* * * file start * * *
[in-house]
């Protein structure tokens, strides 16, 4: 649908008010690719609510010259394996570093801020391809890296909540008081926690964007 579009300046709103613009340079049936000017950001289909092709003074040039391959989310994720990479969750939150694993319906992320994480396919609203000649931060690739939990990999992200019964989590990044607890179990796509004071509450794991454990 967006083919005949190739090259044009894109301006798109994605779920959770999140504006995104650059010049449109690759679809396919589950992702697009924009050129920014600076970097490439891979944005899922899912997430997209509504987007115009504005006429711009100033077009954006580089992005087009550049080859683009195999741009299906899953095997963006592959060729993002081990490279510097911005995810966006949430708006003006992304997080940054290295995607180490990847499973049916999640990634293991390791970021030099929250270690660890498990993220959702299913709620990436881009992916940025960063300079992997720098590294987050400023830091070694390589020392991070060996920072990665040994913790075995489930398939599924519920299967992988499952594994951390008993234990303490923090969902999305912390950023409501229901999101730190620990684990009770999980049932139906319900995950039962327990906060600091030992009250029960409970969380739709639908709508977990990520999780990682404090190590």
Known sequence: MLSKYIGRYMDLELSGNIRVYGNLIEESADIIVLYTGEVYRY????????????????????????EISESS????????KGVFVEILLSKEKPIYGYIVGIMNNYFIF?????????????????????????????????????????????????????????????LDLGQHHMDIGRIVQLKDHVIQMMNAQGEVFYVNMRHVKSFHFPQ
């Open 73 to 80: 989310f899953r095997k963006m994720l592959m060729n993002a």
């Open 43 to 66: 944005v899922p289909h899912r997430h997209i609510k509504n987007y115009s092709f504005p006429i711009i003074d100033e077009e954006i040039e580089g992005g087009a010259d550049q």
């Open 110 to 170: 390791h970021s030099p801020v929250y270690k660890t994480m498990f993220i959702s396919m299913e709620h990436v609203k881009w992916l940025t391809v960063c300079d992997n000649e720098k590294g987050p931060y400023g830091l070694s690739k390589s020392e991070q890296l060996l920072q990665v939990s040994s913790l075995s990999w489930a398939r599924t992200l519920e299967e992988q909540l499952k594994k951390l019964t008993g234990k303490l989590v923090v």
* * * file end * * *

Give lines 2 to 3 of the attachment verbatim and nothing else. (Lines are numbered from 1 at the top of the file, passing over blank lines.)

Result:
């Protein structure tokens, strides 16, 4: 649908008010690719609510010259394996570093801020391809890296909540008081926690964007 579009300046709103613009340079049936000017950001289909092709003074040039391959989310994720990479969750939150694993319906992320994480396919609203000649931060690739939990990999992200019964989590990044607890179990796509004071509450794991454990 967006083919005949190739090259044009894109301006798109994605779920959770999140504006995104650059010049449109690759679809396919589950992702697009924009050129920014600076970097490439891979944005899922899912997430997209509504987007115009504005006429711009100033077009954006580089992005087009550049080859683009195999741009299906899953095997963006592959060729993002081990490279510097911005995810966006949430708006003006992304997080940054290295995607180490990847499973049916999640990634293991390791970021030099929250270690660890498990993220959702299913709620990436881009992916940025960063300079992997720098590294987050400023830091070694390589020392991070060996920072990665040994913790075995489930398939599924519920299967992988499952594994951390008993234990303490923090969902999305912390950023409501229901999101730190620990684990009770999980049932139906319900995950039962327990906060600091030992009250029960409970969380739709639908709508977990990520999780990682404090190590």
Known sequence: MLSKYIGRYMDLELSGNIRVYGNLIEESADIIVLYTGEVYRY????????????????????????EISESS????????KGVFVEILLSKEKPIYGYIVGIMNNYFIF?????????????????????????????????????????????????????????????LDLGQHHMDIGRIVQLKDHVIQMMNAQGEVFYVNMRHVKSFHFPQ